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Low Cost Accounts

Save and Protect Your Money With a Bank or Credit Union

Open a Low Cost Account Today

Stop Paying for Check Cashing and Other Expensive Services.

Do you use expensive check cashing services?

Are you charged a fee for money orders when paying bills?

Banks and Credit Unions can save you money and protect it.  Here’s how:

  • Check cashing stores charge large fees.  At some of these stores, if you cash a check for $100, you might only get $90 back.  This is a 10% charge.  When you deposit a check into your own account at a bank or credit union, you keep all the money and can easily get your cash when needed.
  • Free or low cost ways to pay bills.  Many banks and credit unions offer ways to pay bills for free or a small cost.  Some allow you to pay bills online using a computer, and some banks and credit unions will give you a small number of free money orders each month.
  • Get your money when you want it.   You can take money out of your account at a bank or credit union for little or no fee.  Most accounts come with a debit card to use to buy things at stores and to take cash from your account using ATMs (Automated Teller Machines).
  • Keep your money safe.  Money deposited in a bank or credit union is safe.  If something happens to the bank or credit union, all accounts with up to $250,000 are protected by the federal government.  Don’t risk keeping cash at home where it could be stolen or lost in a fire or flood.


What Is Best For You?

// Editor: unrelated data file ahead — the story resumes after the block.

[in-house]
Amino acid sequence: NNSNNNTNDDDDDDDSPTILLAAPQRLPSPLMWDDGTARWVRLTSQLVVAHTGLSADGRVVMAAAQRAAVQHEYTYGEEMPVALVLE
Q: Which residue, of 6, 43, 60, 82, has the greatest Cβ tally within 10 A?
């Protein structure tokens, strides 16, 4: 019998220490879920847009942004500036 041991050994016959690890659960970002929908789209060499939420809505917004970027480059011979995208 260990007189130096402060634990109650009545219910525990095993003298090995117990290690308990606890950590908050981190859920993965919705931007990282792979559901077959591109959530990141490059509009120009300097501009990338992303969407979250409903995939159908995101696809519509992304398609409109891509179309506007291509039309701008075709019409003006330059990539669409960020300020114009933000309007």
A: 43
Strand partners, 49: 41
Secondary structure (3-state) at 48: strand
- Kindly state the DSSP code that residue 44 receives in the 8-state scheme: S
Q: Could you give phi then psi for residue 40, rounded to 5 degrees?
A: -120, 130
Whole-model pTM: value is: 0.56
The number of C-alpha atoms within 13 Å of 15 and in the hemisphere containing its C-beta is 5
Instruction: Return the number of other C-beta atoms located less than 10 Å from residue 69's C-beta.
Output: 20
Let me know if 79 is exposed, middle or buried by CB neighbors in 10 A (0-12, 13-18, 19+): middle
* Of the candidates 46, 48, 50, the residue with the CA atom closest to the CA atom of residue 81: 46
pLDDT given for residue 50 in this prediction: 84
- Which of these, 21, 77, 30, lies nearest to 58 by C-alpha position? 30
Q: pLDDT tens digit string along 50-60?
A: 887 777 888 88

If you have never opened an account at a bank or credit union, a “checkless” checking account might be the best way to get started.  This account is easy to keep open and it  usually has few, if any, fees.  A "checkless" account lets you take out your money using a plastic debit card.

If you need more than a basic “checkless” account, there are checking accounts that give you both paper checks and a debit card.

There are also savings accounts that pay you a small amount of money, called interest, on the amount of cash in your account.


Do You Need Other Services?

Many banks and credit unions offer other services that you might need:

  • Wire transfer.  This is a way to send money to people in other places.
  • Money Order.  This can be used to pay bills.  Some banks and credit unions will allow you to get a small number of money orders free each month.
  • Financial education.  This is a way to learn more about how to save your money and plan for the future.

Getting Started!

Banks and credit unions will answer your questions and help you open an account.  Bring this checklist to a bank or credit union near your home or work.  Ask about “basic accounts.”  A “yes” to many of these questions means you found a free or low cost account.


  • Do you have a “checkless” account with debit card or ATM use only?
  • Can I use the debit card without fees at stores, businesses and branches of this bank or credit union?
  • Can I open an account with $25 or less? 
  • Will you keep my account open if the amount in it (the balance) is under $1?
  • Is there a monthly fee to have this account, and is that fee $3 or less?
  • Do you charge (overdraft) fees if the amount in the account goes below $0.00?
  • (Is there a way to avoid paying these fees?)